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Re: [IPk] treating hypoglycaemia



I have found the page in the book that says this. page 48.  Treating
Hypoglycaemia:

Quote from paragraph:

Remember that the glucose in food can only be absorbed into the blood after
passing from the stomach to the intestine.  Glucose cannot be absorbed from
the oral mucous membrane  (166) or the stomach.  Glucose given rectally does
not raise the blood glucose level in children (8) or adults (22).

Ref: in back says:

Gunning R Garber A.  Bioactivity of Instant Glucose - Failure of absorption
through the oral mucosa.  JAMA
1978;240 1611 - 12.


I dont know if it is true or not.  After reading this a year or so back I did
wonder if Hypo Stop rubbed into the cheek or gums did any good.  We used a lot
of this when we suspected that Sasha has coeliac disease and she kept having
hypo's due to non absorption of food due to the gut damage caused by gluten.
It didnt seem to help rubbing it into her cheek gums etc.  We had to resort to
glucagon injections.  We then always tried to get her to swallow it (she
wasn't unconscious at the time) just almost.  On other occasions hypo stop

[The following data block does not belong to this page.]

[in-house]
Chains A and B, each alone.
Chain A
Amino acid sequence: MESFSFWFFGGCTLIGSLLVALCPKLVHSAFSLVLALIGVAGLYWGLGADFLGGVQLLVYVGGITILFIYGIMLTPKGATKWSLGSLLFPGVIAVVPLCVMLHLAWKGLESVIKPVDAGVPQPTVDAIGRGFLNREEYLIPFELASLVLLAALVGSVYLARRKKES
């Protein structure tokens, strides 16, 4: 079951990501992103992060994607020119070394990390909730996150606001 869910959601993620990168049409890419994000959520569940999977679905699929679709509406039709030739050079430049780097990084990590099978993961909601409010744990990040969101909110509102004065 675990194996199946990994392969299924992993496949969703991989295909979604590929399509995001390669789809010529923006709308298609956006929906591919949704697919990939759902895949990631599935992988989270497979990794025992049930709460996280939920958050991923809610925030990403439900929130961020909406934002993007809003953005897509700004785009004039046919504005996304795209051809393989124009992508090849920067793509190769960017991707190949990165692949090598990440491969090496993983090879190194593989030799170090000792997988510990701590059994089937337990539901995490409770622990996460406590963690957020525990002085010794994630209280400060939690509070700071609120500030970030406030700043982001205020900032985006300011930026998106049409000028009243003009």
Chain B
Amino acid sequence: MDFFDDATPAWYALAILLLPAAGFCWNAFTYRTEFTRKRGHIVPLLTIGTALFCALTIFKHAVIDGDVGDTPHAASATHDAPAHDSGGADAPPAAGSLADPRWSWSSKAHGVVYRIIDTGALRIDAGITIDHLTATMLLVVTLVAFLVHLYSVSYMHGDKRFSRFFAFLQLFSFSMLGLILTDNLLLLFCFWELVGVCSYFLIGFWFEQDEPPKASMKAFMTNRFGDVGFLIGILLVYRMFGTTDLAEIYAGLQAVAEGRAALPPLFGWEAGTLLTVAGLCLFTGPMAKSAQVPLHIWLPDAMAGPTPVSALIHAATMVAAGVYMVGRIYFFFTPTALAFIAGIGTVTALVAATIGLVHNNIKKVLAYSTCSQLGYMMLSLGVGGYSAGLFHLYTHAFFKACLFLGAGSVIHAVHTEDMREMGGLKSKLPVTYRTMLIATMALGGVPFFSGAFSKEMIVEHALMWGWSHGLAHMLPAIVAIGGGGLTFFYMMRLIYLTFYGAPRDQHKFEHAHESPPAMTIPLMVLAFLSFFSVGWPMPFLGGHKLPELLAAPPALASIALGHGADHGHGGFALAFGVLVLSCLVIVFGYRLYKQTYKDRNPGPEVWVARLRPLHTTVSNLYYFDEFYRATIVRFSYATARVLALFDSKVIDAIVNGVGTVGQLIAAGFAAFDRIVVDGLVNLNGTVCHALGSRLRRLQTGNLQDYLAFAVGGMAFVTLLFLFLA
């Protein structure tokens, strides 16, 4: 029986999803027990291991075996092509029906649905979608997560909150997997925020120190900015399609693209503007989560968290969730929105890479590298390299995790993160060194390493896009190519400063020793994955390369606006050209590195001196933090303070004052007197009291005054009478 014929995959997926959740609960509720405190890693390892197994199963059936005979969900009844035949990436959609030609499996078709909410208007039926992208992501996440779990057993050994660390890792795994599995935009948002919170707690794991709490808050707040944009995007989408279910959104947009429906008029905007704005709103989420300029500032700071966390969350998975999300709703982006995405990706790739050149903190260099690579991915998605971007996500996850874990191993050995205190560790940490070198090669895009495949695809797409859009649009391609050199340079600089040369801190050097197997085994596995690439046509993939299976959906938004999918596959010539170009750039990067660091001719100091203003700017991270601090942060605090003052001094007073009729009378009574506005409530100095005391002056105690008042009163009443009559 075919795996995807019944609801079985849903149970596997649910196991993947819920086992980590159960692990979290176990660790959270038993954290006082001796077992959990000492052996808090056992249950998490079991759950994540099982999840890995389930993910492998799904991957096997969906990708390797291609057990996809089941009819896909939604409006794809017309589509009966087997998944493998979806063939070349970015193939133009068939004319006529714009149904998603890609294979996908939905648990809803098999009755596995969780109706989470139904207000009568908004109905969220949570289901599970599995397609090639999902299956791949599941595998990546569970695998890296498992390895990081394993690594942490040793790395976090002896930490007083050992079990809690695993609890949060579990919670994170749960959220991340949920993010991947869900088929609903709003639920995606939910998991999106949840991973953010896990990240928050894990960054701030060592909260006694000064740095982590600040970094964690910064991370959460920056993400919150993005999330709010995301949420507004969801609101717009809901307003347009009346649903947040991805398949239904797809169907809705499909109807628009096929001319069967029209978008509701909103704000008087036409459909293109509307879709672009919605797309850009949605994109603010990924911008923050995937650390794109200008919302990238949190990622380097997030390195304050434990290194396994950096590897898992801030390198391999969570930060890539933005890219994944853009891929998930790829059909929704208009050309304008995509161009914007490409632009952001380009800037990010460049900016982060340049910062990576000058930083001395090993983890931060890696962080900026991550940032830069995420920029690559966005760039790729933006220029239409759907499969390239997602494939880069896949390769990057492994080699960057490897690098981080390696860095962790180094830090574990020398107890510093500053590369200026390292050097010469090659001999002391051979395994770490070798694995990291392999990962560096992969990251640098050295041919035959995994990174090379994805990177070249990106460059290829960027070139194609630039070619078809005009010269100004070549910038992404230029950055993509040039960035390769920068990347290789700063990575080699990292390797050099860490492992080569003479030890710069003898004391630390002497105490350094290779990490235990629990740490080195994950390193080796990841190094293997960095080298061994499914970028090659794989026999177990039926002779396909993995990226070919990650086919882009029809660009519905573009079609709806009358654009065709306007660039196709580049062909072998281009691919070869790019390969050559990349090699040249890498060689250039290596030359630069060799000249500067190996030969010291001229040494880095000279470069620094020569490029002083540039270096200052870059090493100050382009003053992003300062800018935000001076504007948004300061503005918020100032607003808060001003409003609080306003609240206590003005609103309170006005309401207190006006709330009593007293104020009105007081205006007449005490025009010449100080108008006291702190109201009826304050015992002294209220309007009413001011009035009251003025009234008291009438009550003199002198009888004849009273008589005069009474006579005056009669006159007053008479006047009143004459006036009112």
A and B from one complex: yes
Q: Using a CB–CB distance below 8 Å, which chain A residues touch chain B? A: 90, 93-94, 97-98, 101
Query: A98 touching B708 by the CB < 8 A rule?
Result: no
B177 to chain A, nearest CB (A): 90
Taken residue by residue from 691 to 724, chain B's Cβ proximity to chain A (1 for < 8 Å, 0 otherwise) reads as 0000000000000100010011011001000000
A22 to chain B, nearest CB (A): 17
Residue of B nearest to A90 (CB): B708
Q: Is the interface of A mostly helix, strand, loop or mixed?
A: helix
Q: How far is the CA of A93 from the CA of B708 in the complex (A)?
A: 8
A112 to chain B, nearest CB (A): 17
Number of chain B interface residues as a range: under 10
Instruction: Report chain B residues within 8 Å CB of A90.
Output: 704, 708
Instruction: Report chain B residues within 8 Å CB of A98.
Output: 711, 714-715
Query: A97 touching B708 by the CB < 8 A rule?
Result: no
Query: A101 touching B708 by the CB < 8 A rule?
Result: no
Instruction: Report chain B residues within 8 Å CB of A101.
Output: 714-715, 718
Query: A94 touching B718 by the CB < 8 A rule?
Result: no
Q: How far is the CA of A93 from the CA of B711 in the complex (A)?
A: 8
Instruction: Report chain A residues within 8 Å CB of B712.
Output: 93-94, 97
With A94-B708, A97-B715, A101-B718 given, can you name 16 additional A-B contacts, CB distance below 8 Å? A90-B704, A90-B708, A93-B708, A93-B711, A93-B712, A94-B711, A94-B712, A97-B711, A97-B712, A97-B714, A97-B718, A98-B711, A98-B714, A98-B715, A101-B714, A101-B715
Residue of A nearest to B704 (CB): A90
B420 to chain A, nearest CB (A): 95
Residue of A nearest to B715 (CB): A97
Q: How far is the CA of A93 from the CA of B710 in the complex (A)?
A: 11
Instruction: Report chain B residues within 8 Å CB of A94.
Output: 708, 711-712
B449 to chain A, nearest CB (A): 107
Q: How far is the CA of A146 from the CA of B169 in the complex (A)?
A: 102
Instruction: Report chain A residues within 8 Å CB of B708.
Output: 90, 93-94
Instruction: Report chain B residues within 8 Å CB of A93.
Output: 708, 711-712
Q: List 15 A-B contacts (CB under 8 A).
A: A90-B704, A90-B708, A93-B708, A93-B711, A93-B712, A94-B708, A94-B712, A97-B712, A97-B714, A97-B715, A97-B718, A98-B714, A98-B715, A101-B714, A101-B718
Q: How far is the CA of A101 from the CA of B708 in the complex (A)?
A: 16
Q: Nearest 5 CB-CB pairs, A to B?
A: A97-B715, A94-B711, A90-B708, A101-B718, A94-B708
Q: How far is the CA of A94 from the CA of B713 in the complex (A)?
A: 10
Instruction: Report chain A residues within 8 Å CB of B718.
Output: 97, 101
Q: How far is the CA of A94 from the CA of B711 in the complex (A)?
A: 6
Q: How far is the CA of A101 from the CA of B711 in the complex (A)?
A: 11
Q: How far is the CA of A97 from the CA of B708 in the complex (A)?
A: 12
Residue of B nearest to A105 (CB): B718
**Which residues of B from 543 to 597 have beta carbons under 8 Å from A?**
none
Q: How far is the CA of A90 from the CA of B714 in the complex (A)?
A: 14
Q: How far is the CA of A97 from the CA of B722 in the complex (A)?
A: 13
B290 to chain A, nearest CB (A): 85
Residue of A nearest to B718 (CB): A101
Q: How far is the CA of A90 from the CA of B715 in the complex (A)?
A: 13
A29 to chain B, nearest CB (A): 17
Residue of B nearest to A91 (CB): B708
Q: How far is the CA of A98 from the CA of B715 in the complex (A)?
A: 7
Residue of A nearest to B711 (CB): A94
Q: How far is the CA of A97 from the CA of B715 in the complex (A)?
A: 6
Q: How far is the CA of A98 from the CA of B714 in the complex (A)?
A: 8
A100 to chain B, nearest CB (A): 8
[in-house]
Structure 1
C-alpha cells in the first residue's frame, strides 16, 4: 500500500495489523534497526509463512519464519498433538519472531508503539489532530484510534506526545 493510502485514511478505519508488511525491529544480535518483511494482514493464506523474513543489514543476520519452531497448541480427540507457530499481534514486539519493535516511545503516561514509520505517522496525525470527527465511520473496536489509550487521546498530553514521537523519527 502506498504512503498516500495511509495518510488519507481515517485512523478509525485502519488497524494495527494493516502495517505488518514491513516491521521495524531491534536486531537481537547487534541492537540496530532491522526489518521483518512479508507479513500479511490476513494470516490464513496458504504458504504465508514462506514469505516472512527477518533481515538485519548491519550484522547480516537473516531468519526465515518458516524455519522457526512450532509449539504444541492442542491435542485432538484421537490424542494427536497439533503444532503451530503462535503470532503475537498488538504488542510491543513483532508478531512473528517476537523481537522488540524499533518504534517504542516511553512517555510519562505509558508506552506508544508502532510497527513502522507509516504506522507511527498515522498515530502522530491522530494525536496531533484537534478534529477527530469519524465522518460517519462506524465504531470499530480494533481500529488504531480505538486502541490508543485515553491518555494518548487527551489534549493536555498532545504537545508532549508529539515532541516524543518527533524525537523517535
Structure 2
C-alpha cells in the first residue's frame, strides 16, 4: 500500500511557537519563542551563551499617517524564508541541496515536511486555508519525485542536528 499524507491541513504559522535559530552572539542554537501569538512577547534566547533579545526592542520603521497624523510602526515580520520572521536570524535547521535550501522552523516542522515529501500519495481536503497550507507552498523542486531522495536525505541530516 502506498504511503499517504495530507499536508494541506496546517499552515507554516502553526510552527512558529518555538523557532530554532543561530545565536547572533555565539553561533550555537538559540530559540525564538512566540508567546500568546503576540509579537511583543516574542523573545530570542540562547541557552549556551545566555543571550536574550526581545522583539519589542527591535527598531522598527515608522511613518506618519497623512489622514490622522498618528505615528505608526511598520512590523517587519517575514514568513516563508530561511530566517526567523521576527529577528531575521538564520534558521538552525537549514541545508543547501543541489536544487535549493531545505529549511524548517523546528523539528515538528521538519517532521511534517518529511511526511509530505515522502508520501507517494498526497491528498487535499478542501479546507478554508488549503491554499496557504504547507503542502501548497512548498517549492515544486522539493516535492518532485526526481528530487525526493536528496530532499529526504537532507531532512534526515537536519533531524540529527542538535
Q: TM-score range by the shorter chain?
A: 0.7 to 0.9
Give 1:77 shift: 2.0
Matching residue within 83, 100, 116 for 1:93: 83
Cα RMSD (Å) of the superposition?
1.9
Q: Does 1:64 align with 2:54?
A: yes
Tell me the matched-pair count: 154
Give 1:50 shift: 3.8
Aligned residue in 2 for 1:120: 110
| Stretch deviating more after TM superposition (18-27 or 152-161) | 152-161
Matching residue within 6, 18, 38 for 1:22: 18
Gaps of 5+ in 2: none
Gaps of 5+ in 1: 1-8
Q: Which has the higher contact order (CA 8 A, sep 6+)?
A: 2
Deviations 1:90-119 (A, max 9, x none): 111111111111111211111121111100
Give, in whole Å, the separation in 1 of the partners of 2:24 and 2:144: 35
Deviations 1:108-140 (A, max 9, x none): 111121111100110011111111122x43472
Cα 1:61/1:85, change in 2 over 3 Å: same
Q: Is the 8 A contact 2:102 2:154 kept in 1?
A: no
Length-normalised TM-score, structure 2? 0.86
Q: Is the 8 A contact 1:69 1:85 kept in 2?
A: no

didnt seem to work even if swallowed until it had passed into what I assume to
have been a less damaged part of the intestine.  When she had stomach upsets
(unrelated to the coeliac) it certainly didnt seem to work.  Her stomach was
often full of undigested food and juice, not going anywhere and the hypostop
didnt work either by swallowing it, or rubbing it into her gums.  So that
meant a trip to the hospital.  So it appears to me that there is some doubt
that Hypo Stop can be absorbed though the oral mucosa.

Jackie




----- Original Message -----
From: "Elizabeth OShea" <email @ redacted>
To: <email @ redacted>
Sent: 15 May 2002 21:35
Subject: [IPk] treating hypoglycaemia


> Hi all -
>
> Quite recently there was a discussion about a change in policy from hypostop
> to glucagon. I had read in Ragnar Hanas' book, _Insulin-Dependent Diabetes
> in Children, Adolescents and Adults_, that glucose can be absorbed only via
> the intestinal tract, and none is absorbed through blood vessels in the
> cheek. Of course, now that I want the reference, I can't find it! I recall
> that the study was done in the early 80s or so.
>
> Can any of our resident physicians or nurses confirm if this is true or not?
>
> Thanks.
>
>
>
>
> elizabeth
>
> ********************************************
> Grain is the enemy of the sedentary classes.
> ********************************************
>
>
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